Much of America's Wheat Crop is Cut by Professional Custom Harvesters like Kent Braathen
Among this group of agricultural "guns-for-hire" you will find the President of the U.S. Custom Harvesters, Inc.
(USCHI), Kent Braathen*.
A second-generation custom harvester himself, Braathen
has been cutting since 1971 when he
started helping his
dad with local contracts near the family's grain farm at Starkweather, North Dakota.
"I grew up doing this," said Braathen
who adds that the lifestyle is definitely not for everybody.
now runs his business out of Grand Forks, North Dakota, and partners with Scott Brown from Devils Lake, North Dakota, says that the wheat harvest will take him from Vernon, Texas, all the way back to Kenmare, North Dakota, in the fall.
But for Braathen
, who's in it primarily because he
loves to drive the equipment says, "It's like being a kid and getting to play with the big toys everyday!
Those hardships and challenges just make the whole experience more of an adventure.
"You can get addicted to it; the chance to go harvest different areas and different crops.
You make a game out of it to see how many acres you can do each year, and if you can do more than last year."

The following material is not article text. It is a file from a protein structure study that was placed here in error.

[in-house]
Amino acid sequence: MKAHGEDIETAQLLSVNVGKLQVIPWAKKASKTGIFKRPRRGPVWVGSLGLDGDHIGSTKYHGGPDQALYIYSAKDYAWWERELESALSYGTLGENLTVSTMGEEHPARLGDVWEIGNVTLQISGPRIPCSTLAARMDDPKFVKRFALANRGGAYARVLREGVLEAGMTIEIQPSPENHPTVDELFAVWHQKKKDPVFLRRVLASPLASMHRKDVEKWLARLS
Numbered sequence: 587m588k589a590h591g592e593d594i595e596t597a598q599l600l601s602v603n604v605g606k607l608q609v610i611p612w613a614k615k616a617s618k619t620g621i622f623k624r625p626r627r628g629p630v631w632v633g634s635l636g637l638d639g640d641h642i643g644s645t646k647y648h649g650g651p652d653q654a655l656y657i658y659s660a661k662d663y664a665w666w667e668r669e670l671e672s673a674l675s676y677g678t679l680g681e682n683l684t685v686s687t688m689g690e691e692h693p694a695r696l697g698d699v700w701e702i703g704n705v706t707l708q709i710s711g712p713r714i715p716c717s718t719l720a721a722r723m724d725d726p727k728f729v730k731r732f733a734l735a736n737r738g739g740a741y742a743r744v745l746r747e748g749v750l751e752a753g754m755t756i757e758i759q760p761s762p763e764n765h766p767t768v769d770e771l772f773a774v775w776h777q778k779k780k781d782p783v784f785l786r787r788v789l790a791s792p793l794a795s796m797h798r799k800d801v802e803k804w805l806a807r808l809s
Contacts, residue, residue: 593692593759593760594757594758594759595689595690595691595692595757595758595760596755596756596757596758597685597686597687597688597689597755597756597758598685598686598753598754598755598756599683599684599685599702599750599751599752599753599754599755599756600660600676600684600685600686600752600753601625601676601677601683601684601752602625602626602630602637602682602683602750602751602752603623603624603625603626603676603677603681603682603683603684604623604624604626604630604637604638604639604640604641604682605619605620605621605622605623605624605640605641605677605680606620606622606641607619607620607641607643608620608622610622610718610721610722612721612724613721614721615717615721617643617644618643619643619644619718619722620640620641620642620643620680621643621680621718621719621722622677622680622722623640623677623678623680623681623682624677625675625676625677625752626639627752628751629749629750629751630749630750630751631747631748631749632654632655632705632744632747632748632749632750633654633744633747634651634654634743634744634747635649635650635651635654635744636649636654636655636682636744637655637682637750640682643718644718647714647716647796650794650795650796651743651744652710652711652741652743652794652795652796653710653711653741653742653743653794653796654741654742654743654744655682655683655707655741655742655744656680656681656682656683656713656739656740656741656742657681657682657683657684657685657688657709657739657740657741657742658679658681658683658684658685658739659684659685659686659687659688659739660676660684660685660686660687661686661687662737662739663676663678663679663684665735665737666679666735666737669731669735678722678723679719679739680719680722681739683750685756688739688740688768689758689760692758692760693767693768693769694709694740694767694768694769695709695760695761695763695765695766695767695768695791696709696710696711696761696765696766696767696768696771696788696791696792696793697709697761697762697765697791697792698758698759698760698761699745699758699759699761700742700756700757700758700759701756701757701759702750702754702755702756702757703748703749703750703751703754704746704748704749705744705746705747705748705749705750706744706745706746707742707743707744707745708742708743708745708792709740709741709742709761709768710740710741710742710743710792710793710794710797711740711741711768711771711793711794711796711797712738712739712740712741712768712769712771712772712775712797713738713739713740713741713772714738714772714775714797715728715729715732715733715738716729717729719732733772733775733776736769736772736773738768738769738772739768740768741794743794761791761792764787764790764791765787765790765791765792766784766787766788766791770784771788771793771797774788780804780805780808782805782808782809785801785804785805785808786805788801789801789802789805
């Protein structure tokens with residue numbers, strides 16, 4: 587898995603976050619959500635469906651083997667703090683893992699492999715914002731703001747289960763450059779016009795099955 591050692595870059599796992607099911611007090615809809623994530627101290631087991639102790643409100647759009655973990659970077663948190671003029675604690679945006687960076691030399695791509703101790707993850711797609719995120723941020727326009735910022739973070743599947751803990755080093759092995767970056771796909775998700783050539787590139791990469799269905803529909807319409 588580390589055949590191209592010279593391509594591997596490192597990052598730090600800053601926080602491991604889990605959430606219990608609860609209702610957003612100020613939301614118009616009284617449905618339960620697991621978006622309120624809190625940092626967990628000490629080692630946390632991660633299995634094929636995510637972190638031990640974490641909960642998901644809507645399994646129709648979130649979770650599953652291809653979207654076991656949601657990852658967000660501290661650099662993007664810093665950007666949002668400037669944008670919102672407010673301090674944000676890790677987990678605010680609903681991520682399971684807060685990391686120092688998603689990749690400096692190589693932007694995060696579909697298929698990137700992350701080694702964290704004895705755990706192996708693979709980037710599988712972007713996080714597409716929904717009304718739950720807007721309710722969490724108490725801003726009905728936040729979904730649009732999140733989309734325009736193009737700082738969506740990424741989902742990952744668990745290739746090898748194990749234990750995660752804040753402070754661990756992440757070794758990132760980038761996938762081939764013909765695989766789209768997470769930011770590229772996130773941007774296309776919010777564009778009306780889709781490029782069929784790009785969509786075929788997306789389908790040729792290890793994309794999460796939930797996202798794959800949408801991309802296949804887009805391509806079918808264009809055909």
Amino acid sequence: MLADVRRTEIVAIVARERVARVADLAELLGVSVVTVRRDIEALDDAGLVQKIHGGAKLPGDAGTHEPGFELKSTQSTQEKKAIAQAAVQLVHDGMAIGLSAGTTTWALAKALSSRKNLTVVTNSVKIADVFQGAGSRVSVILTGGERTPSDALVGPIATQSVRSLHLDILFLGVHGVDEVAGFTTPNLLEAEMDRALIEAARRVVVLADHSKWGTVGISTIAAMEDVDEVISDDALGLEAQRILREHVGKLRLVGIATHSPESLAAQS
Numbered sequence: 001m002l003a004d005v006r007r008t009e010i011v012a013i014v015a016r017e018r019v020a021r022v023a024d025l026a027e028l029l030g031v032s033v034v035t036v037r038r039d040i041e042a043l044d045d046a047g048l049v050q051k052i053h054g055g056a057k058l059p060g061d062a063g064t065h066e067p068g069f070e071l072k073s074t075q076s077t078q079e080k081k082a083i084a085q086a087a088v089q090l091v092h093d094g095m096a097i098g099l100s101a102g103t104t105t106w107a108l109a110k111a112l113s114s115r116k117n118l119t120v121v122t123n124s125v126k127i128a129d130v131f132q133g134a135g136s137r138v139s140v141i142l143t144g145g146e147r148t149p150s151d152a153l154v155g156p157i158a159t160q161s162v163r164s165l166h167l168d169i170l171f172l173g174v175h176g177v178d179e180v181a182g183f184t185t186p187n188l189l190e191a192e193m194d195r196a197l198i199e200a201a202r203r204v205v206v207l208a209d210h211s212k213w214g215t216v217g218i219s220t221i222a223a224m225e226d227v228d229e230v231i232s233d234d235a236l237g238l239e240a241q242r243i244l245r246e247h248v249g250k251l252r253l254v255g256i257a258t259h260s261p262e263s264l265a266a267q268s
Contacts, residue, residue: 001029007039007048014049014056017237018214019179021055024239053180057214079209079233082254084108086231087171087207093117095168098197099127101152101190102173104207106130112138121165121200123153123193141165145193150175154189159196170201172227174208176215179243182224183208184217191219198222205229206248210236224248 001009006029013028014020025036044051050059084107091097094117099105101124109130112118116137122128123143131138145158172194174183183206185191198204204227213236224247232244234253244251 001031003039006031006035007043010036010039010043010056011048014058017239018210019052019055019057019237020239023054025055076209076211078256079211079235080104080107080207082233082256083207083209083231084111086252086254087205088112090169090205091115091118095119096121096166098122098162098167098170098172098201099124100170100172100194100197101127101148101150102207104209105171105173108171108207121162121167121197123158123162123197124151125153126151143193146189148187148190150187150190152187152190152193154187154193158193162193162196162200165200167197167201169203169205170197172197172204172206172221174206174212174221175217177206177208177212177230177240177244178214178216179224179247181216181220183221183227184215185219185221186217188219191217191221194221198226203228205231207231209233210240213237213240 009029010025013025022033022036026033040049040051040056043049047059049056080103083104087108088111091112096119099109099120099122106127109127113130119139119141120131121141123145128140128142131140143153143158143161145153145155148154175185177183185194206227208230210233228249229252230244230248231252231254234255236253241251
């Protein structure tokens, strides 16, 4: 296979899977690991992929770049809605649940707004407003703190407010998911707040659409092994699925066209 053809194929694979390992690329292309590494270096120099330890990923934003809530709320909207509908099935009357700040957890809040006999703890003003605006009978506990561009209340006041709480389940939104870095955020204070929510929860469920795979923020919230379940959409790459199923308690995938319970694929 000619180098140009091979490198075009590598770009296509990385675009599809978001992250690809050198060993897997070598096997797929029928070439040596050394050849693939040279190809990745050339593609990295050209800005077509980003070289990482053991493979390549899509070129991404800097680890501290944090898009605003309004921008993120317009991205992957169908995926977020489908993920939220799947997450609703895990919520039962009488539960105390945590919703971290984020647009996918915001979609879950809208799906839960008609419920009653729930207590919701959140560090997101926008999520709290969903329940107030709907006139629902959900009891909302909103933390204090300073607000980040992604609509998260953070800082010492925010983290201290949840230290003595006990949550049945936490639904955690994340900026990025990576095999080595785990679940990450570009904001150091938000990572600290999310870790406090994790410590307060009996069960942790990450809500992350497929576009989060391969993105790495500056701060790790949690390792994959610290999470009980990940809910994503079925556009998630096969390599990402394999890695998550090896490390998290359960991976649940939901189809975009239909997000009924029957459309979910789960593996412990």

more than four decades of cutting, Braathen
says that he
has seen a lot of changes in harvesting, and one of the biggest is the increasing size of the farms he
says that this is having a significant impact on custom harvesters.
, who had four South Africans on his
crew in 2014, says that USCHI
is working on two fronts to help custom harvesters acquire the foreign workers they need.
says that he
not only invests about a month every year training his
new hires, he
must also ensure that his
equipment is as easy to operate as possible.
And being able to take a bigger cut will only become more important says Braathen
, as more and more of the harvest seems to depend on fewer and fewer people.
"The demand for custom harvesting is not going away.
There will always be a need to get the crop off in a timely manner, and with less farmers to do it our services will only become more important."
*At the time this story was written, Kent was President of USCHI, now John Orr is the new President of USCHI.